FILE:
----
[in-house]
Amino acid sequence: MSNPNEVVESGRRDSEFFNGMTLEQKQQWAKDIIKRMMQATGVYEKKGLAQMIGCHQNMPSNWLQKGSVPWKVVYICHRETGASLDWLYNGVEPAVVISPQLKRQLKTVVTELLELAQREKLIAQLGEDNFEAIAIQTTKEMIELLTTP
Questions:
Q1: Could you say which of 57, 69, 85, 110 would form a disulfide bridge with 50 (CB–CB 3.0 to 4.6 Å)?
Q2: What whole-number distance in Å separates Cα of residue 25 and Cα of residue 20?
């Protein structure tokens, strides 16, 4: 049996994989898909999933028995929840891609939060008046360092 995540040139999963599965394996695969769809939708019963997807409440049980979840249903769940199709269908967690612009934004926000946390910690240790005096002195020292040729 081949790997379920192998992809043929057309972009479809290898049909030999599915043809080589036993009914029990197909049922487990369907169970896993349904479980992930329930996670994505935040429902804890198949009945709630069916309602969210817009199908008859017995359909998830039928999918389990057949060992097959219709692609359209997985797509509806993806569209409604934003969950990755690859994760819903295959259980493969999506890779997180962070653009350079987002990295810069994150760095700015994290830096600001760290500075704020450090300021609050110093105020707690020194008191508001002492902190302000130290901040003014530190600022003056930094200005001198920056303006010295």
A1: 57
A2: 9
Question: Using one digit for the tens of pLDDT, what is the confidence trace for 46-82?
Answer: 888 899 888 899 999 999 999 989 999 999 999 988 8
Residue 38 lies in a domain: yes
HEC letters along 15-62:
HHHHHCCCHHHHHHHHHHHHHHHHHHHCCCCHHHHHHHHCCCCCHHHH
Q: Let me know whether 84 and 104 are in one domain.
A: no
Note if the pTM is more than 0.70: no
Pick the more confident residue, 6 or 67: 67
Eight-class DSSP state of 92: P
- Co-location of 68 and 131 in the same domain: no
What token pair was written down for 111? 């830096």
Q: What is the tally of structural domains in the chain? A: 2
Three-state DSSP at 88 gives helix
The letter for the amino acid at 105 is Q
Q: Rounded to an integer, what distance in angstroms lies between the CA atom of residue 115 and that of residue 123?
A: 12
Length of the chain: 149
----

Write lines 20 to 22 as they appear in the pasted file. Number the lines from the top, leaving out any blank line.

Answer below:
What token pair was written down for 111? 């830096």
Q: What is the tally of structural domains in the chain? A: 2
Three-state DSSP at 88 gives helix